Empathy is the most important driver for business. Here’s why.
How can empathy make a difference as we are all adapting to a changing world? Last week we hosted a strategic session with some of our customers, together with Steven Van Belleghem. During this session, they had the chance to put some of the biggest challenges they’re facing on the virtual meeting room table.
In this blog post, we gladly share some of the insights with you. The key take-away? Empathy should be the most important driver in the decisions you are (planning on) taking.
Try a little tenderness
Otis Redding already sang about it in 1966, and it’s never been truer. With all these changes happening the need for empathy and understanding has never been bigger. In uncertain times we want transparency and reassurance. According to this report by Morning Consult, “Consumers [...] want to know how you're providing for and protecting them from harm’s way, taking care of your employees, and otherwise managing your business in this unique time.”
So how can empathy help organisations deal with the challenges they are facing? Let’s find out.
1. “How can we manage change with employees in our organisation?”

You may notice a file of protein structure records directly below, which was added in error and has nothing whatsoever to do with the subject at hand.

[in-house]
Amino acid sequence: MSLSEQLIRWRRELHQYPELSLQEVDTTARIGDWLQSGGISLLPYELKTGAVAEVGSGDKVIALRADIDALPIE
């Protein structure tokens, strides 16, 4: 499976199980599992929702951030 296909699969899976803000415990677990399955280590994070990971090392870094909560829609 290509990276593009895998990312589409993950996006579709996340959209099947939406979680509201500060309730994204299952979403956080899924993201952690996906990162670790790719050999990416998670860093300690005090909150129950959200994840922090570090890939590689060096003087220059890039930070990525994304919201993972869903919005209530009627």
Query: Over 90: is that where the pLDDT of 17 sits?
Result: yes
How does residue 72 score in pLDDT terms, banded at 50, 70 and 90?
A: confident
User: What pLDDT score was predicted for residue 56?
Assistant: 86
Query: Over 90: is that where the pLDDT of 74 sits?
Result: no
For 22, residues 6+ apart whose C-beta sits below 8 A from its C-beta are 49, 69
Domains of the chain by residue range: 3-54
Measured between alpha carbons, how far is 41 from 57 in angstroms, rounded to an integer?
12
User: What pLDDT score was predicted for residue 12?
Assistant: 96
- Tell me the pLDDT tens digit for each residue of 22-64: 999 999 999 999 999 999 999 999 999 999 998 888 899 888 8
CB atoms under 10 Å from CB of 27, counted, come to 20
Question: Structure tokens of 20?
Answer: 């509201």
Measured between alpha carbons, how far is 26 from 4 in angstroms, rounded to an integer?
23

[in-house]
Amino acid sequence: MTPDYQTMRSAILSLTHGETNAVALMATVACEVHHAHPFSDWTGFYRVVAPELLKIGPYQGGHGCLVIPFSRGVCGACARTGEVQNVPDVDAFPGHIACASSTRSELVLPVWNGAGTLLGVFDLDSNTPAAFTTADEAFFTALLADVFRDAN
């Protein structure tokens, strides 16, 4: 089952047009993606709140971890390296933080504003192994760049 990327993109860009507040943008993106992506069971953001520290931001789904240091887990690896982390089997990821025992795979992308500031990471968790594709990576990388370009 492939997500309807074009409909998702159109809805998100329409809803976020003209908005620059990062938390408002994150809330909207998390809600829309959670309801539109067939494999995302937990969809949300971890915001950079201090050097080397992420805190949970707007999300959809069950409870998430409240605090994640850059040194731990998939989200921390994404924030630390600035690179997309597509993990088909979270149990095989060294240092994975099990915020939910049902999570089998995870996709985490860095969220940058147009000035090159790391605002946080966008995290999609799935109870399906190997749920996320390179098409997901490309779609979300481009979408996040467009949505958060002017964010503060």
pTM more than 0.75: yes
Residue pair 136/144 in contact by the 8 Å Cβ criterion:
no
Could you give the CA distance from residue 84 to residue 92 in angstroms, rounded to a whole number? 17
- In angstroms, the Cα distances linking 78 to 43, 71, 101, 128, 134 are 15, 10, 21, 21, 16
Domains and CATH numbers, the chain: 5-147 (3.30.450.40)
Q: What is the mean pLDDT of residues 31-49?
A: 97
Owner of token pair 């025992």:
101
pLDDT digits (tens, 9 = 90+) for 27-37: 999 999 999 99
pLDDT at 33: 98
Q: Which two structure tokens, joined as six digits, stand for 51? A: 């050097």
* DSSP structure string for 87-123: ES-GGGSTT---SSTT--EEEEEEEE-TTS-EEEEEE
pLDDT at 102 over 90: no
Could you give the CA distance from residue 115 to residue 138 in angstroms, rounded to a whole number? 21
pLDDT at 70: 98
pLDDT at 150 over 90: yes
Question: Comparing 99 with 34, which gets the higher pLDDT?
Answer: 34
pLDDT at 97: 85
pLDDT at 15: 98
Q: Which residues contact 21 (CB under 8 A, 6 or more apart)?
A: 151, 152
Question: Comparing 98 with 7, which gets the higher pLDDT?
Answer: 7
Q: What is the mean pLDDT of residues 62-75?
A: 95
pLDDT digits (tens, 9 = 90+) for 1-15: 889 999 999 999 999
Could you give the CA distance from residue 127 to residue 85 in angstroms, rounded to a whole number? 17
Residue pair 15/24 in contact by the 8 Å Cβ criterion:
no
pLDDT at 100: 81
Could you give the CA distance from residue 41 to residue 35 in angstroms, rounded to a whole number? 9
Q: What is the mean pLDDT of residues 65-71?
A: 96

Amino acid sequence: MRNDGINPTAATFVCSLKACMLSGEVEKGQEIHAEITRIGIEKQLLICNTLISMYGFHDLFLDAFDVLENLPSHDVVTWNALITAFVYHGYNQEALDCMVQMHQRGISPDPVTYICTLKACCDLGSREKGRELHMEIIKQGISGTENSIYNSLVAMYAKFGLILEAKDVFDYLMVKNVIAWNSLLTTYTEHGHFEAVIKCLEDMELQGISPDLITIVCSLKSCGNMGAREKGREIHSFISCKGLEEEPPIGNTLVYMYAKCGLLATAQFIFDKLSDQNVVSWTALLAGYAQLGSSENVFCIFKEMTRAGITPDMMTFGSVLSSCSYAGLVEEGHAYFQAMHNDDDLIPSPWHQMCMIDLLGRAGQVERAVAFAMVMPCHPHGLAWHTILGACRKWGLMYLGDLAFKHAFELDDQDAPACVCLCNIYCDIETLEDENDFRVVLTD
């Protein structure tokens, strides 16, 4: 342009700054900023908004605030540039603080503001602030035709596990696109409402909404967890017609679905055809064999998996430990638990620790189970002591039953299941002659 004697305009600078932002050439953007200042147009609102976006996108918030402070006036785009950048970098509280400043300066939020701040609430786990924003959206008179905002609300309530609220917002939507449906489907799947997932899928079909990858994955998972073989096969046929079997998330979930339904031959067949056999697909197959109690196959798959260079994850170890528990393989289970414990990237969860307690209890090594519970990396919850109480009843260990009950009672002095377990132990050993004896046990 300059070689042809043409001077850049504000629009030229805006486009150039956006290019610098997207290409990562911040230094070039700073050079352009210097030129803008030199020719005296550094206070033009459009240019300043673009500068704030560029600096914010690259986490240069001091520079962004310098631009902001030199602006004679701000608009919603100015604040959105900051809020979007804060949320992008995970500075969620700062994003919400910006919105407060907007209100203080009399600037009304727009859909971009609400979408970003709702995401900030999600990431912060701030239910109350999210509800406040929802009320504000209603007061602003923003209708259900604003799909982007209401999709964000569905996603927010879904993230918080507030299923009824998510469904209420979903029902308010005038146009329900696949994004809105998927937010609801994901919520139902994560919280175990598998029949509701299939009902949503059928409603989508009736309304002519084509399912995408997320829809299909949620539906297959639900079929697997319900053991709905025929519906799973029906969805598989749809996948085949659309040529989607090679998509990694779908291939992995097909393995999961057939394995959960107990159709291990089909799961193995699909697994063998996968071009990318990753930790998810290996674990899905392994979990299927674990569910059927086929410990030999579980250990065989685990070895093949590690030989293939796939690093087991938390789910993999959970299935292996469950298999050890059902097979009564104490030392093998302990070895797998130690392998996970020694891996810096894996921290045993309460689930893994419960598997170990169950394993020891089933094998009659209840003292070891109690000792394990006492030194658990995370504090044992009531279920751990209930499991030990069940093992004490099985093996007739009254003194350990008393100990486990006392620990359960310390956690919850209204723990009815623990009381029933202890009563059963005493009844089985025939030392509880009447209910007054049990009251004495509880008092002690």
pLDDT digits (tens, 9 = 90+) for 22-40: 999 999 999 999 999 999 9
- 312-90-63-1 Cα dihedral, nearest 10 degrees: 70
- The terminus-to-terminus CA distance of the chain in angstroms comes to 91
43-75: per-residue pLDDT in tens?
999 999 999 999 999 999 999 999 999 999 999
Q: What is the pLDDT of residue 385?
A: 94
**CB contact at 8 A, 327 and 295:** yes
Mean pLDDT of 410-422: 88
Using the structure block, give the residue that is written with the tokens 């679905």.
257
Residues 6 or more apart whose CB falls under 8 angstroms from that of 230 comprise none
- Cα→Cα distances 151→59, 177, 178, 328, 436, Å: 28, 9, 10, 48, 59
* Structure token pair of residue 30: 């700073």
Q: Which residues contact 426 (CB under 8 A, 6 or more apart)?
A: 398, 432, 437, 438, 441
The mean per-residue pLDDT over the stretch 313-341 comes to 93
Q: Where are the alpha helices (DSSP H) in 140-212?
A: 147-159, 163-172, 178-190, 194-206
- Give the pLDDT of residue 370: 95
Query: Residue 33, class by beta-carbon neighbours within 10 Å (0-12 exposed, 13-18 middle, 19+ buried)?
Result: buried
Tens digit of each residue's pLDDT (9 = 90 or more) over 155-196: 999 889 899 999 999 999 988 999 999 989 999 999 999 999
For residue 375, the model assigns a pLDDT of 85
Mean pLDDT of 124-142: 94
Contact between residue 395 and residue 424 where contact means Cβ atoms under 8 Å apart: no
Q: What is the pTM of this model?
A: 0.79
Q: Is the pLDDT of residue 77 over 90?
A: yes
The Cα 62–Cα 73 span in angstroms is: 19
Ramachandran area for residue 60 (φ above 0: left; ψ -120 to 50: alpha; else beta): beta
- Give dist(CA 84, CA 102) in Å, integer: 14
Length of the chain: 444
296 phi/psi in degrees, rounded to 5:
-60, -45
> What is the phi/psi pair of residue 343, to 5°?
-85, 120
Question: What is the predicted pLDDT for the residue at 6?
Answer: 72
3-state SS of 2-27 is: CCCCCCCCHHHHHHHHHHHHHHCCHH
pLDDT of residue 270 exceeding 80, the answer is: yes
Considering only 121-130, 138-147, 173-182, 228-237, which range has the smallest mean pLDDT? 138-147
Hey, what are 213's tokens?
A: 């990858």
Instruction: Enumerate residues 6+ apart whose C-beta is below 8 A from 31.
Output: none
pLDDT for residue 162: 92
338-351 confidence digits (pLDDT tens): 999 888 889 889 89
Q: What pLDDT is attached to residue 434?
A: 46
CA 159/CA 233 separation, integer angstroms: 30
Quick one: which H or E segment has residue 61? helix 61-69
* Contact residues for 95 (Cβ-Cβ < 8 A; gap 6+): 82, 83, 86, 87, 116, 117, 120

Challenge: Change is the only constant, so they say. Still, the changes that we’re facing now are drastic and unseen. That is not only hard on your customers, but it is on your employees too. Especially for your frontline staff, who now need to give advise and create value remotely. How can companies manage this change?
Steven’s answer: Showing understanding and empathy is a good first step. The switch to a new way of working is hard because your employees miss the energy of physical customer interaction. They still have to put in a lot of energy, but nothing really comes back. There is no instant feedback to know if they are doing a good job. It’s important to recognise how your people feel and to mentally prepare them that for the time being, they will have to put in more energy than they will get back.
At the same time, organisations need to make their employees believe that they are creating value for the customer. A small thing that companies can do is to let their employees explicitly ask customersfor feedback at the end of a conversation. This reinforces them and gives them the strength to do it again.
Secondly, organisations will need to retrain their people to use digital channels like Whatsapp and Messenger for customer interactions. The current situation opens up a window of opportunity to learn employees these new skills, but it is also important as we cannot assume that this won’t happen again.
If you want to know more about how organisations can empower their people to use empathy in customer interactions, watch this video here!
2. How can we prepare ourselves to restart business activities after Corona?
Challenge: There will come a time when lockdown will become less strict, and businesses can restart their activities. Still, that will come with some challenges too. How can organisations map these challenges and proactively offer solutions to their customers?